Riding across Manhattan in a stretch limo in order to get a haircut, a 28-year-old billionaire asset manager's day devolves into an odyssey with a cast of characters that start to tear his world apart.
After getting into a serious car accident, a TV director discovers an underground sub-culture of scarred, omnisexual car-crash victims who use car accidents and the raw sexual energy they produce to try to rejuvenate his sex life with his wife.
After developing an addiction to the substance he uses to kill bugs, an exterminator accidentally kills his wife, and becomes involved in a secret government plot being orchestrated by giant bugs in a port town in North Africa.
Suffering from hysteria, Sabina Spielrein is hospitalized under the care of Dr. Carl Jung who has begun using Dr. Sigmund Freud's talking cure with some of his patients. Spielrain's psychological problems are deeply rooted in her childhood and violent father. She is highly intelligent however and hopes to be a doctor, eventually becoming a psychiatrist in her own right. The married Jung and Spielrein eventually become lovers. Jung and Freud develop an almost father-son relationship with Freud seeing the young Jung as his likely successor as the standard-bearer of his beliefs. A deep rift develops between them when Jung diverges from Freud's belief that while psychoanalysis can reveal the cause of psychological problems it cannot cure the patient.Written by
Sabina's accent is very inconsistent throughout, ranging from noticeably American to pan-European and Russian Émigré. See more »
[to his new patient]
Good morning... I'm Dr. Jung. I admitted you yesterday.
I'm not... I'm not mad, you know.
Let me explain what I have in mind. I propose that we meet here, most days, to talk for an hour or two.
Yes. Just talk. See if we can identify what's troubling you. So as to distract you as little as possible, I'm going to sit there, behind you. I'm going to ask you to try not to turn around and look at me under any circumstances. Now...
[...] See more »
Have you ever witness a hysterical person having a crisis? I haven't, probably neither have you. Could that be the reason why to some reviewers (including myself) the histrionics of Keira Knightley as a hysterical patient were embarrassing to watch on the screen? I don' know. Probably real hysteria looks like that but in daily life a witness won't feel what a film viewer feels when being forced to watch incessantly all those facial and body contortions on close ups.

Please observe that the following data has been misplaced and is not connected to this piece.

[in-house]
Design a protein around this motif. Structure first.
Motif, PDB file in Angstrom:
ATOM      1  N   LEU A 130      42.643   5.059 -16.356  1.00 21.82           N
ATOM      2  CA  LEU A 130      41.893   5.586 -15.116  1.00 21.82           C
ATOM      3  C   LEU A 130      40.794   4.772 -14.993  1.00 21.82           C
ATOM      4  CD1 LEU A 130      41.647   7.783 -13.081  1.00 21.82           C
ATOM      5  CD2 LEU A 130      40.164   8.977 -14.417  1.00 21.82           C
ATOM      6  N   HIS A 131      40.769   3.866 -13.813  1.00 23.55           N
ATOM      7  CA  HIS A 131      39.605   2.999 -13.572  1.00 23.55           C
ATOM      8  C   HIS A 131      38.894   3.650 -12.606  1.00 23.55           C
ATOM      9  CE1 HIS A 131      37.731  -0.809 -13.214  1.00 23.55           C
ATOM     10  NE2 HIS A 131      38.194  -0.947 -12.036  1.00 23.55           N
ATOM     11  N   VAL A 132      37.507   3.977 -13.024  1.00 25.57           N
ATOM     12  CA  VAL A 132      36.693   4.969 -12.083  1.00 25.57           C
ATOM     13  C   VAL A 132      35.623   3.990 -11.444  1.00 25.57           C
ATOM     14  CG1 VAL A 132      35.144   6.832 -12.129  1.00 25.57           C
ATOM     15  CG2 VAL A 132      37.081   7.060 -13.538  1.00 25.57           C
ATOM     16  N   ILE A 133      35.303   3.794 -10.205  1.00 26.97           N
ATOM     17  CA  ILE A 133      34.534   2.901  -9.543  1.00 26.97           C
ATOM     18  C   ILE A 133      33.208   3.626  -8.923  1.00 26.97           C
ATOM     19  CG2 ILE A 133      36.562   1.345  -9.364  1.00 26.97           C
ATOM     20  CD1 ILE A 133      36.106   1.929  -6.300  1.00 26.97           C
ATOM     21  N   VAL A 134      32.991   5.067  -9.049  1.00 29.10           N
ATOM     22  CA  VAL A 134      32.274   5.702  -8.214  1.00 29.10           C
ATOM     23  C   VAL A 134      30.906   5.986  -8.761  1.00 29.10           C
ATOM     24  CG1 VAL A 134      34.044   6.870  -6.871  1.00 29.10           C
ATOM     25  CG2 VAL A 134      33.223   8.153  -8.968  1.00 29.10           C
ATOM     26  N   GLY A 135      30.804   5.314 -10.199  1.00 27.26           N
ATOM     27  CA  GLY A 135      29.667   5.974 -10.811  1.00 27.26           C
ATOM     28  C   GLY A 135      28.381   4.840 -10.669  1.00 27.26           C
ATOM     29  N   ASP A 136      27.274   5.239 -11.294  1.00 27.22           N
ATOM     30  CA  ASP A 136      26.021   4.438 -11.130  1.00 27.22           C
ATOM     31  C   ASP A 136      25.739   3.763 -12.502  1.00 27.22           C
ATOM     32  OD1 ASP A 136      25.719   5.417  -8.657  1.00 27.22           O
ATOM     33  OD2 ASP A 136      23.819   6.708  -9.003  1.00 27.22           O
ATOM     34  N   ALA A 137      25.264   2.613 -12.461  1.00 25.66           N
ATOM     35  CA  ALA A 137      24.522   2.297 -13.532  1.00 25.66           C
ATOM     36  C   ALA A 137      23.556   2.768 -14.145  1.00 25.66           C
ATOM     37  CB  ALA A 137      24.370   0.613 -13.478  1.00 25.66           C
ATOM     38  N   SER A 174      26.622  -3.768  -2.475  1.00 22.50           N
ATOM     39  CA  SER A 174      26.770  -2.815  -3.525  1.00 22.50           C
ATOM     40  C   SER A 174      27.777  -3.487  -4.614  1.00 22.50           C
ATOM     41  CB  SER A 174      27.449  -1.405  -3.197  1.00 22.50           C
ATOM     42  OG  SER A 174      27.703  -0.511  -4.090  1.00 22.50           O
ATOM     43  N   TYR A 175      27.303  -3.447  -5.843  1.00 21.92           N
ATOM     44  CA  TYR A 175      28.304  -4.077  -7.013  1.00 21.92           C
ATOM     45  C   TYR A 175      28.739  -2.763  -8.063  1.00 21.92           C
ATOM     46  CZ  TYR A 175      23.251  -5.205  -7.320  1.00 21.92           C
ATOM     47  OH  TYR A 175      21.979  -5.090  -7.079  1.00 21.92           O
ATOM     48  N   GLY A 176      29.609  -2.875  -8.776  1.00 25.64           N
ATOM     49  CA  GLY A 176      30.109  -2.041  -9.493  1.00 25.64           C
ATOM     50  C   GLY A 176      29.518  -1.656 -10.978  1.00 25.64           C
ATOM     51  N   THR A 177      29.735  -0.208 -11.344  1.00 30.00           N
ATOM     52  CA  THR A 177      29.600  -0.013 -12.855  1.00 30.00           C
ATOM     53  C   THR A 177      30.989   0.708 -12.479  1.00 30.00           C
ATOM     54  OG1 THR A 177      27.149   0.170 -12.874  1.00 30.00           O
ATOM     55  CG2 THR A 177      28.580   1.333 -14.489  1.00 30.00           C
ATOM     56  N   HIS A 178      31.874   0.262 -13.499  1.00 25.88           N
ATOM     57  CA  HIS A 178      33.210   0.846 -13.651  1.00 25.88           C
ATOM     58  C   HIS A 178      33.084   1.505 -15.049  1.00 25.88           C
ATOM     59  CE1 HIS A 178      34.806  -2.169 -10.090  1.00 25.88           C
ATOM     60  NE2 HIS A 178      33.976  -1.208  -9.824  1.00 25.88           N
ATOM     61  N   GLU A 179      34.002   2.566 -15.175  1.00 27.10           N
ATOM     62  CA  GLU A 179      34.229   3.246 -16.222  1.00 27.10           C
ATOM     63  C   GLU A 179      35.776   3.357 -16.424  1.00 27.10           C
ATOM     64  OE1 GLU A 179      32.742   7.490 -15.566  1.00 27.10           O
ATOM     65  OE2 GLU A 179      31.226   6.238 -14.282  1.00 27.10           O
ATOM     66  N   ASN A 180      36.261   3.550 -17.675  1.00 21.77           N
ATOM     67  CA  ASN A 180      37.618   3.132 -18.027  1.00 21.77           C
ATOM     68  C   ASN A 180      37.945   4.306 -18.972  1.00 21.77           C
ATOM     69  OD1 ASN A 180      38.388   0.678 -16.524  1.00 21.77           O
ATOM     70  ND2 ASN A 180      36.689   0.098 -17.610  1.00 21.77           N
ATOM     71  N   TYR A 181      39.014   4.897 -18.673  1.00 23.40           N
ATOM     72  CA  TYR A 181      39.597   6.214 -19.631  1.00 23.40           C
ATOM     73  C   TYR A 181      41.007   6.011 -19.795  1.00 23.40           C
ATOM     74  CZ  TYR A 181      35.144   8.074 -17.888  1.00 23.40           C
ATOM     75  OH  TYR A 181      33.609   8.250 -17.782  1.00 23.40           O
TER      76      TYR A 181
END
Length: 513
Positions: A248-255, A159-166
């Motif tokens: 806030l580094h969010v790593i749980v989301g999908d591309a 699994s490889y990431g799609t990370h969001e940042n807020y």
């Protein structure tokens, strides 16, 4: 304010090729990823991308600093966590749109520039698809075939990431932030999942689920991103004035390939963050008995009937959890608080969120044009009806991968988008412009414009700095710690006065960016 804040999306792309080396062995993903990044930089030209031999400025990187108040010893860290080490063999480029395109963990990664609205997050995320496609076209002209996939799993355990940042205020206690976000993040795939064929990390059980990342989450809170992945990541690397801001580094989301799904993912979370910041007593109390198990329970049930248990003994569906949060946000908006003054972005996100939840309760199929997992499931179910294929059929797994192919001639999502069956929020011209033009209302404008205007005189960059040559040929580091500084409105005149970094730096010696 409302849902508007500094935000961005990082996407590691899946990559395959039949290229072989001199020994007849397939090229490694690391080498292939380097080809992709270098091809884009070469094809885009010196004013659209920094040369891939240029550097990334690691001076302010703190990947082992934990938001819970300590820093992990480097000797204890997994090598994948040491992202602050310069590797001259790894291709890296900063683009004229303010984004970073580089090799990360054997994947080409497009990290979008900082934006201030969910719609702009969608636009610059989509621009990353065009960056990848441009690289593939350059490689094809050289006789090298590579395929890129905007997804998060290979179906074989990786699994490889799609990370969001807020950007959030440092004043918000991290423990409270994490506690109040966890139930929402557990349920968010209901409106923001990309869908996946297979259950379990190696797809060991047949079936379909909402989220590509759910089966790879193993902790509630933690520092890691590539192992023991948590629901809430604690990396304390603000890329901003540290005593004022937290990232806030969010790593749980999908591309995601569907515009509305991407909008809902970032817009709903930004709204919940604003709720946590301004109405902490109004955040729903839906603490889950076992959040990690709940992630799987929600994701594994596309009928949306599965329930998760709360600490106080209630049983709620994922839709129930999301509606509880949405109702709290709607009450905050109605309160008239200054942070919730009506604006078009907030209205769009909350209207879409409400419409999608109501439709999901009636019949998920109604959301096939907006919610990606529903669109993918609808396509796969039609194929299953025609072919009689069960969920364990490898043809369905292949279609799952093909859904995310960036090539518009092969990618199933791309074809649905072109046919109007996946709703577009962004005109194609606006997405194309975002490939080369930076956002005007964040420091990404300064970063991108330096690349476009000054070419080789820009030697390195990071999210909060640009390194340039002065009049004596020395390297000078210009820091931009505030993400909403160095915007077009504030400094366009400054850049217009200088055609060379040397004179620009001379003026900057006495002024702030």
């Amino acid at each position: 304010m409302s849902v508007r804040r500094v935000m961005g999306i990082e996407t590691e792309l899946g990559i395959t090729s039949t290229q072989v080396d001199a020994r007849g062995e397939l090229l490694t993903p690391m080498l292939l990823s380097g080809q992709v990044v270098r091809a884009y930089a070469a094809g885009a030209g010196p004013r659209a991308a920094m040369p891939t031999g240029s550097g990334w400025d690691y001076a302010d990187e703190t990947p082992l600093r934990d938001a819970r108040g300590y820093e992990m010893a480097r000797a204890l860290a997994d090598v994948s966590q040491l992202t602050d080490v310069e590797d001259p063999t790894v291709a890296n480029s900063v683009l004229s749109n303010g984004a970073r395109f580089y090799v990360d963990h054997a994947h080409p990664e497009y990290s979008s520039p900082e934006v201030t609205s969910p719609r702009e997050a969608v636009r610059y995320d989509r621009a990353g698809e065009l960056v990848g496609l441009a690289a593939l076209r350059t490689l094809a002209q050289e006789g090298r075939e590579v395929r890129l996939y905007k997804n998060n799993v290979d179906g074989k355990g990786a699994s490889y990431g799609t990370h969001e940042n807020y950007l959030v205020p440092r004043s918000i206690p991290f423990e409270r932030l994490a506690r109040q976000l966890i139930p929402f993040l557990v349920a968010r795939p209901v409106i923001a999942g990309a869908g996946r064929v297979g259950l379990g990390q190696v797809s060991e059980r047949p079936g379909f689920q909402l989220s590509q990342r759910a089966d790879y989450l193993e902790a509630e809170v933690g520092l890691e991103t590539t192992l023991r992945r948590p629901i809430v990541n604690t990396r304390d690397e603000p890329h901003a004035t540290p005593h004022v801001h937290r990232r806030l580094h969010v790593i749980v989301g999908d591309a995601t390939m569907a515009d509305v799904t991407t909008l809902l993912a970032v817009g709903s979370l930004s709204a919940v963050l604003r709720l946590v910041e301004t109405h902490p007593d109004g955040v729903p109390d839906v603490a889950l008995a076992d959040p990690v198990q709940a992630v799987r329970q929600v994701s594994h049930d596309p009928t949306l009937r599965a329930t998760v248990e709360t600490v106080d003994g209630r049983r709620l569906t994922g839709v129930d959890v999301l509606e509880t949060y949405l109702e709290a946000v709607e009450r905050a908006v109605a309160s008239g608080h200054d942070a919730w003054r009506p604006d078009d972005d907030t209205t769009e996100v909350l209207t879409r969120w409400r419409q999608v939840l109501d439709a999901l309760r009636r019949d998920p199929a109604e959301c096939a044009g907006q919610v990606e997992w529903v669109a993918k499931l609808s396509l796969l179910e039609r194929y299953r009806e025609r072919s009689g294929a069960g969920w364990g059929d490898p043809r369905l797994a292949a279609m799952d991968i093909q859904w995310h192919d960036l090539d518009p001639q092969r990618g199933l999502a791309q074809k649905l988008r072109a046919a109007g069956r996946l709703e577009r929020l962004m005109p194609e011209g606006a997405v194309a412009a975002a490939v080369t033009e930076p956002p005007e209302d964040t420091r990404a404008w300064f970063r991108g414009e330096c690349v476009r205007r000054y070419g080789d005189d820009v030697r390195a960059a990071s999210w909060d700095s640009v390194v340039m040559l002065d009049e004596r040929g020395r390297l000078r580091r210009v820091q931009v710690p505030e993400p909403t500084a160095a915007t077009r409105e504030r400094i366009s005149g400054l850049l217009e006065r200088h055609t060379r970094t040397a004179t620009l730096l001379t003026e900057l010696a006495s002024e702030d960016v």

After those first over-sized and over-dramatic scenes, the film takes a very natural tempo either on camera work or in tone down dialogs, serene outdoor and indoor scenes, making a very well mannered, ultra civilized and fascinating film indeed.
The professionalism of everyone involved in it is impeccable and the script sound as it could be for a one and a half hour film explaining to a general public something as complicated as psychoanalysis involving two of the most important personalities of the last century responsible to have revolutionized and changed the course of history in that field for ever after.
Some reviewers criticized this movie as elemental, as too basic while I think it wasn't meant for a professional audience of top psychologists, but merely a very good piece of entertainment for the masses and at the same time with modest doses of knowledge about a theme that in general is unknown to the great majority and vastly complicated.
Same goes for the criticism of some reviewers about the sex life of these people when it came to show them in bed doing their own Kamasutra. How far did they expected the sex scenes to go? to the point of impregnation of the female and posterior birth as its consequence?
I don't know, I think that that was beside the point in this very serious movie and moreover, that kind of titillation should be look for on a different kind of movie. To me this was an excellent movie very fulfilling from all points of view.
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